Published on February 4th, 2015 | by Daniel Sherman Fernandez


FWD vs AWD: hot hatchbacks

We’re seeing more and more hot hatchbacks adopt an all-wheel drive (AWD) drivetrain in recent years. Traditionally these models have been front-wheel drive (FWD) by virtue of their packaging and powertrain, but what has pushed manufacturers to develop AWD systems for their hot hatchbacks?


In the pursuit of higher power outputs, it becomes more difficult for an FWD car to put the power to the road without spinning the wheels. In some cases, high torque outputs result in torque steer- an involuntary pull of the steering in one direction or another, unique to FWD cars. There are ways to negate wheelspin, such as using a limited slip differential (LSD), and some cars manage torque steer better than others (such as the Renault Megane RS265), but ultimately these issue become harder to deal with as power outputs rise. In reality, anything more than 250 bhp and 300 Nm of torque becomes quite a handful for an FWD car to handle. Unfortunately, progress dictates that power levels must rise with each successive generation, and so manufacturers have to adapt.


AWD systems have various uses, from the traditional off-roading application, to high performance in low grip situations. We’re looking at the latter case, and in the context of hot-hatchbacks with transverse mounted engines, the AWD systems tend to be front-biased (more power goes to the front wheels more often). The advantage of AWD is that it manages power so that all wheels maintain grip and solid contact with the road. From a general standpoint, an AWD car can apply more power to the road as the power is divided over 4 wheels as opposed to 2. Currently, the Volkswagen Golf 7 R and Mercedes A45 AMG are the only AWD hot-hatchbacks in class, soon to be joined by the Ford Focus RS.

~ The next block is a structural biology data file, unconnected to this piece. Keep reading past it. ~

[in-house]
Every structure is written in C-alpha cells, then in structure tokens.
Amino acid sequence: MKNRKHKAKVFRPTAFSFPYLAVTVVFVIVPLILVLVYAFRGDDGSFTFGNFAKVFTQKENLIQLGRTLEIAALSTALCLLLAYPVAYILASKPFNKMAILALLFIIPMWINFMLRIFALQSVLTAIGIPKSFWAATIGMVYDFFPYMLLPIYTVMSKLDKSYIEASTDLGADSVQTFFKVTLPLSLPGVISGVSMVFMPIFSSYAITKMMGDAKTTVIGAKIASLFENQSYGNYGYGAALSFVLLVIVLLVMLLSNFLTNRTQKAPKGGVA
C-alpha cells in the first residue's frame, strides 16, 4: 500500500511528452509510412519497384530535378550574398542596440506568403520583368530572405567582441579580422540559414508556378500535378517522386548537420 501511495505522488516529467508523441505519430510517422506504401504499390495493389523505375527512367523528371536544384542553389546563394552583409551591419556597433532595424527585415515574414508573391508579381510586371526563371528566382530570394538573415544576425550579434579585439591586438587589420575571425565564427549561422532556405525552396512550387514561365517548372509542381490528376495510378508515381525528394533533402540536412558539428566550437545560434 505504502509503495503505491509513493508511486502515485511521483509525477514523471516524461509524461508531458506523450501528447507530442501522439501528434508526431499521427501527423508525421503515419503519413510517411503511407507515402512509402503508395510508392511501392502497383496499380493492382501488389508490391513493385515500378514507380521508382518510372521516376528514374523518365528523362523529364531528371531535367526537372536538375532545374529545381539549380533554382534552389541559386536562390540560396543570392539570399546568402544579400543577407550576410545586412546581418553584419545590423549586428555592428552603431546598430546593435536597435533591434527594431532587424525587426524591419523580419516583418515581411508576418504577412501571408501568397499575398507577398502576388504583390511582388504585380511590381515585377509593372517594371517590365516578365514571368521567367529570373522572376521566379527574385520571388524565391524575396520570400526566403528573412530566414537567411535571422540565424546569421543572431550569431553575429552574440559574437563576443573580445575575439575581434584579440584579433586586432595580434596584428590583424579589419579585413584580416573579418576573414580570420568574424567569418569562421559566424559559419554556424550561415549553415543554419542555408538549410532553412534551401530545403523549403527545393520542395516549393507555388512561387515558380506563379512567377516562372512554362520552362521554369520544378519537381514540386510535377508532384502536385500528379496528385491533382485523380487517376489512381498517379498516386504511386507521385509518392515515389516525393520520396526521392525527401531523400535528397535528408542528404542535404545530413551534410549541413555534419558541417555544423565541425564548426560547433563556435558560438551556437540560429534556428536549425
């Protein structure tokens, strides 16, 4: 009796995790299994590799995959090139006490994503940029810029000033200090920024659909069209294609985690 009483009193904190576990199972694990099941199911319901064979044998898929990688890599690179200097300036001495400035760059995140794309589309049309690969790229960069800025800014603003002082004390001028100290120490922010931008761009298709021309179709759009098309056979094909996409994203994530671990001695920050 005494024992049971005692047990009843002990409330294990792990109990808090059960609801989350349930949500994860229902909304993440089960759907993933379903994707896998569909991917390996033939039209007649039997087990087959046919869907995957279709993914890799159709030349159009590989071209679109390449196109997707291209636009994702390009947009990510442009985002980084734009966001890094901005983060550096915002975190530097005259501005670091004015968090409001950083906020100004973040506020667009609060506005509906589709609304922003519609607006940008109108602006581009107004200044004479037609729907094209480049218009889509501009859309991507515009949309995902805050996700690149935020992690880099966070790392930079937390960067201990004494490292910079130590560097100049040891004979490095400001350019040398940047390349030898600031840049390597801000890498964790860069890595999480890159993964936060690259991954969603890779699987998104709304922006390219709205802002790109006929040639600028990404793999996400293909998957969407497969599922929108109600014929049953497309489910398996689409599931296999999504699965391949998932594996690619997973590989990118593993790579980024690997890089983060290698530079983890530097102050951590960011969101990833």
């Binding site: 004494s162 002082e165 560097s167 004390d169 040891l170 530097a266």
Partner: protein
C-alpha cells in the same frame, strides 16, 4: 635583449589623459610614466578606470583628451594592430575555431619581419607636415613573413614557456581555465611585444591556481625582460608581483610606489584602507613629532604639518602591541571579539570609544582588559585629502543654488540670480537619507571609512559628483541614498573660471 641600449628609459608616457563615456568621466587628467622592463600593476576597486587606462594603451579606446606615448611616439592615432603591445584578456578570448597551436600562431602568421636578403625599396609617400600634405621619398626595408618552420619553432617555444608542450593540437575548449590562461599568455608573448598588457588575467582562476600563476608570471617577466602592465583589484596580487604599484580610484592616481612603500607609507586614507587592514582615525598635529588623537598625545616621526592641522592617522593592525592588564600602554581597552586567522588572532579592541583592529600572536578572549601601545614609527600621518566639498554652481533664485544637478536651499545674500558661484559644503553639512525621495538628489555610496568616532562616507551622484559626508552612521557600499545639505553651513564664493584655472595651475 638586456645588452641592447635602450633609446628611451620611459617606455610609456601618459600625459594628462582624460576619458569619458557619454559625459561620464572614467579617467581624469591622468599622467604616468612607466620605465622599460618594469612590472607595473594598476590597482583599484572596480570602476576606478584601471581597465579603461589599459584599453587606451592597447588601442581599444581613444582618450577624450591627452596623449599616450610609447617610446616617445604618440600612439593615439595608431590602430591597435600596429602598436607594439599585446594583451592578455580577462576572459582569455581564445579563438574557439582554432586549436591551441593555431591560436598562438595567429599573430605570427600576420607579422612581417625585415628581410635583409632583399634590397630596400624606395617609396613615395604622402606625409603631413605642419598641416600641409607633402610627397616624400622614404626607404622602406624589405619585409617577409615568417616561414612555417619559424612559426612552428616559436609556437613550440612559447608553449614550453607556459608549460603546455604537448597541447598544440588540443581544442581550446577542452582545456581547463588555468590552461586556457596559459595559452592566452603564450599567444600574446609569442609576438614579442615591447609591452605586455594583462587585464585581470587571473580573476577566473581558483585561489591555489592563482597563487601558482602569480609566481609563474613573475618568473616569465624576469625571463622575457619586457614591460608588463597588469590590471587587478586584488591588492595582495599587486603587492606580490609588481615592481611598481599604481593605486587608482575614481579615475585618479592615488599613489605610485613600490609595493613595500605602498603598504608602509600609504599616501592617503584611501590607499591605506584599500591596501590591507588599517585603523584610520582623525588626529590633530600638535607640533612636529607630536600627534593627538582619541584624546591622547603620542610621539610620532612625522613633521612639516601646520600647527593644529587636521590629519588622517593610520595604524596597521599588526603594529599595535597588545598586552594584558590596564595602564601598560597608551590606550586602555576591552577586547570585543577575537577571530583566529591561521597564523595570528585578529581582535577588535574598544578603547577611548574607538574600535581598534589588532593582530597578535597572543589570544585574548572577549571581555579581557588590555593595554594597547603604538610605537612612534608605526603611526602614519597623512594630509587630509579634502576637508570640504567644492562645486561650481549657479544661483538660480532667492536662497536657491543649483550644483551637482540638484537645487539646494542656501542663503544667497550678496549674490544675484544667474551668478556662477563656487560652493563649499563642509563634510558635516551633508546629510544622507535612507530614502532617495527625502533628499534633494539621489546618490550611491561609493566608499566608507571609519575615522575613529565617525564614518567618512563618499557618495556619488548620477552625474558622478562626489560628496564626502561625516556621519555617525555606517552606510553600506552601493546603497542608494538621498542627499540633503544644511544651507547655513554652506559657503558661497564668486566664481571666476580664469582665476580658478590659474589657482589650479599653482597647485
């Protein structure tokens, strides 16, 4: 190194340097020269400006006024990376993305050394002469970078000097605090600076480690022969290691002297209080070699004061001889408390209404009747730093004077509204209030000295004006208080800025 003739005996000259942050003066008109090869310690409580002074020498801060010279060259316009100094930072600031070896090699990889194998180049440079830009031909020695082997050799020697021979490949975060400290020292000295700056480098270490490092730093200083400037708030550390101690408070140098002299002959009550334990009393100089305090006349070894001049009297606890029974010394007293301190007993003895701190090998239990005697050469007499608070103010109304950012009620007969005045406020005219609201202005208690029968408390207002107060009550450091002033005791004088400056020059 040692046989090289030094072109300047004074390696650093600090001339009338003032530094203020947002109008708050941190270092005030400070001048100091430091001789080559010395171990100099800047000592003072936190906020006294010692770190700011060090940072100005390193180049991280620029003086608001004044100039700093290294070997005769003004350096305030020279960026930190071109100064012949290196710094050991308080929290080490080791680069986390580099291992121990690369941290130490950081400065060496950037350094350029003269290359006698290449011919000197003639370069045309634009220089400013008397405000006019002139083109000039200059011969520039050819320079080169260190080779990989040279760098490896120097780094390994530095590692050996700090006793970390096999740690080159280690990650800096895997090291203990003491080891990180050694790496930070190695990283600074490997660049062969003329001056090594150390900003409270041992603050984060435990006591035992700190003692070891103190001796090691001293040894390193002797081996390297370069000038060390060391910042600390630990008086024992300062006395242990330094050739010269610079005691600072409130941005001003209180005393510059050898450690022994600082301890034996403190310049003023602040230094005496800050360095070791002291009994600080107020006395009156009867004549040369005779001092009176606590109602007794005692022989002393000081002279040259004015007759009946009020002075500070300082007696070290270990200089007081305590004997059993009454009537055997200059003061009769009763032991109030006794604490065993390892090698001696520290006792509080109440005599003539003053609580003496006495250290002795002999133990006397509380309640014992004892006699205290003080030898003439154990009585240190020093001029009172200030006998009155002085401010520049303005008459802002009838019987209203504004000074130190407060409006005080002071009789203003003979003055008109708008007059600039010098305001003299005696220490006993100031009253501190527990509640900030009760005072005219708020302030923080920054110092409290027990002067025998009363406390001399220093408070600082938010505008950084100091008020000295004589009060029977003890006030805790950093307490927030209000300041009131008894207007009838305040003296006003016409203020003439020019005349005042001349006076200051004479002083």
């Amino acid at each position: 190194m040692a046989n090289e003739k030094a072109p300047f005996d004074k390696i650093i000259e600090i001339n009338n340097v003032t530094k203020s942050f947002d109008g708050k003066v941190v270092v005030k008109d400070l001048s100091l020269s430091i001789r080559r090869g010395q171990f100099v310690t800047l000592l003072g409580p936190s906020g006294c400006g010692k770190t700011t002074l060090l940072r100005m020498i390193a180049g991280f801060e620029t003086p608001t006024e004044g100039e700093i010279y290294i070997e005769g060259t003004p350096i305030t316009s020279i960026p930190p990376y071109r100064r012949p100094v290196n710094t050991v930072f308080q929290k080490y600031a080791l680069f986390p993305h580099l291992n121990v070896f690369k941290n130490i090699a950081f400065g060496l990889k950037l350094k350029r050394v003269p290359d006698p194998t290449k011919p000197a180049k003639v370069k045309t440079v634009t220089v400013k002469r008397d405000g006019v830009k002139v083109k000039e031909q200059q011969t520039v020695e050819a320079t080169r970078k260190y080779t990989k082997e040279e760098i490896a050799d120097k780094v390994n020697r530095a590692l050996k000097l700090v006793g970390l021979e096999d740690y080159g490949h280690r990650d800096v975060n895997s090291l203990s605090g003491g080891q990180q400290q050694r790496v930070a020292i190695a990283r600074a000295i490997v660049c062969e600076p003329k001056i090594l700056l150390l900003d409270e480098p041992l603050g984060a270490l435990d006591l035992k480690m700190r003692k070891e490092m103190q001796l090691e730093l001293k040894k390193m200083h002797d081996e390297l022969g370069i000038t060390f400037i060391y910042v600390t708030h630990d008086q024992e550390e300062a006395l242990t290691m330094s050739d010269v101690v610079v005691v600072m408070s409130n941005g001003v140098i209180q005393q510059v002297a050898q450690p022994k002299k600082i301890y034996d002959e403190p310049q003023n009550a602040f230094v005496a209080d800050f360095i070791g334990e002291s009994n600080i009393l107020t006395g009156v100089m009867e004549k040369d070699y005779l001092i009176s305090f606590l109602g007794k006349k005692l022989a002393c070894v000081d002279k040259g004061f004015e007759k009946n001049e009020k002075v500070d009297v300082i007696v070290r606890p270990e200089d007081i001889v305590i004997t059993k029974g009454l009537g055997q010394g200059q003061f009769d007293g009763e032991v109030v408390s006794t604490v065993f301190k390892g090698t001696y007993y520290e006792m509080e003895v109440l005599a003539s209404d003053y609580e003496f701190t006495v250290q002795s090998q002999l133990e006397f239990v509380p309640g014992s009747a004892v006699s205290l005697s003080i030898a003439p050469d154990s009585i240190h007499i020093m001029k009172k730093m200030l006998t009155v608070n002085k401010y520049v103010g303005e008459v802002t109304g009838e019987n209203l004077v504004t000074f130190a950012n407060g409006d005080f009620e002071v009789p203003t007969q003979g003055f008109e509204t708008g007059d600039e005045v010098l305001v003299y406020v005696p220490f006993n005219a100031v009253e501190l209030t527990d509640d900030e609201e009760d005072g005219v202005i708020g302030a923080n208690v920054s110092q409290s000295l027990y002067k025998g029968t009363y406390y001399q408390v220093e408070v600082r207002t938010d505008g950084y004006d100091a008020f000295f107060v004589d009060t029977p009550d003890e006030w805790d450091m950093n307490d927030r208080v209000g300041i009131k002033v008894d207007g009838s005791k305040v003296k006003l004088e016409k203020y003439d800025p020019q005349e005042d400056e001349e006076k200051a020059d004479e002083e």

But AWD doesn’t always beat FWD. In the dry, the Volkswagen Scirocco R proved to be a more nimble, agile machine than it’s sister- the Volkswagen Golf 6 R. Despite being FWD, the Scirocco R was more stable under braking and had more neutral handling- whereas the Golf R tended to push a little bit wide with mild understeer. Both of these cars use the same chassis, albeit set up slightly differently and with different weights as well, but with identical power outputs it is a good comparison between FWD and AWD.


Where the Golf R does shine is in low grip situations, such as damp tarmac or on dirt. The Golf R is far superior when delivering the power, negating the wild wheelspin that occurs with FWD cars. While it is easier for the Scirocco R to rotate into a corner, it suffers from a lack of traction on corner exit- which is where the Golf R can rocket out with surprising stability. The same applies to track work, where the Golf R can accelerate harder and earlier out of tight turns without risk of understeer.


So we’re keen to see how Ford sets up the all new Focus RS. Announced with roughly 320 bhp and an AWD system, it should prove to be quite a weapon on both back roads and the track. But whether it can be as agile and nimble as the Fiesta ST is yet to be seen; hopefully Ford engineers will tune the chassis for a more neutral balance and maximize the effectiveness of the AWD system. While the Focus ST remains a 250 hp FWD hot-hatch, the Focus RS may operate on an entirely different level.

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